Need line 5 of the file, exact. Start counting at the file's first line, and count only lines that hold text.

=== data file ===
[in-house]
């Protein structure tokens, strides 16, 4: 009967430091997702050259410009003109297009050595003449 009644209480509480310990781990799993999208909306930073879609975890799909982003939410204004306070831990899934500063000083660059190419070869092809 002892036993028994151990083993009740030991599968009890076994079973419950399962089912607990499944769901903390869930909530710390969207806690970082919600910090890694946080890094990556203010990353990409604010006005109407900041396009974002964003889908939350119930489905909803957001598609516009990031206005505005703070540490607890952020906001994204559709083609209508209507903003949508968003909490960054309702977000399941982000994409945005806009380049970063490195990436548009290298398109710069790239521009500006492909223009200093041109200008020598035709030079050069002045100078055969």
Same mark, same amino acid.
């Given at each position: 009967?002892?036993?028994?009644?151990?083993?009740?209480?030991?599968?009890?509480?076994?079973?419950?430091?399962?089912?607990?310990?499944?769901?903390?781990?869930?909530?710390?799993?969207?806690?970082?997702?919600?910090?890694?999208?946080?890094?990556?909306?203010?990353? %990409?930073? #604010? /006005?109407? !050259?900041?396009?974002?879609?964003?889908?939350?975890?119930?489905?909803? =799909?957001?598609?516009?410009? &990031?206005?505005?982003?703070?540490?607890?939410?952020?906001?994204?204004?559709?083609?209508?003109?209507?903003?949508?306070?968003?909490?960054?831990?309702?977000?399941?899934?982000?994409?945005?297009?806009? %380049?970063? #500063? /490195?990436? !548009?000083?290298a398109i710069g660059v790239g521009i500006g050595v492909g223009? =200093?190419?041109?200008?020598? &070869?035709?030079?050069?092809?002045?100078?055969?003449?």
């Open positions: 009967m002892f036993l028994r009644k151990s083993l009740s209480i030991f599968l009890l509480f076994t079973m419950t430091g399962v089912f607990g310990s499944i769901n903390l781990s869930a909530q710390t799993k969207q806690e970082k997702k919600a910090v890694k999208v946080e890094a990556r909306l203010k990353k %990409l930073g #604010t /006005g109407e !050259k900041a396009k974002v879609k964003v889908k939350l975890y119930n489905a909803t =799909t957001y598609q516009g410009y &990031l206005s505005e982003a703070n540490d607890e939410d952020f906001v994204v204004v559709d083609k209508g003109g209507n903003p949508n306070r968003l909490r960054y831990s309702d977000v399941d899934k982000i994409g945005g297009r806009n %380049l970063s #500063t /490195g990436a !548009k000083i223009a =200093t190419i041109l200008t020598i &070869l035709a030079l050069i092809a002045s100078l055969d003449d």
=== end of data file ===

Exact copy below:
């Open positions: 009967m002892f036993l028994r009644k151990s083993l009740s209480i030991f599968l009890l509480f076994t079973m419950t430091g399962v089912f607990g310990s499944i769901n903390l781990s869930a909530q710390t799993k969207q806690e970082k997702k919600a910090v890694k999208v946080e890094a990556r909306l203010k990353k %990409l930073g #604010t /006005g109407e !050259k900041a396009k974002v879609k964003v889908k939350l975890y119930n489905a909803t =799909t957001y598609q516009g410009y &990031l206005s505005e982003a703070n540490d607890e939410d952020f906001v994204v204004v559709d083609k209508g003109g209507n903003p949508n306070r968003l909490r960054y831990s309702d977000v399941d899934k982000i994409g945005g297009r806009n %380049l970063s #500063t /490195g990436a !548009k000083i223009a =200093t190419i041109l200008t020598i &070869l035709a030079l050069i092809a002045s100078l055969d003449d």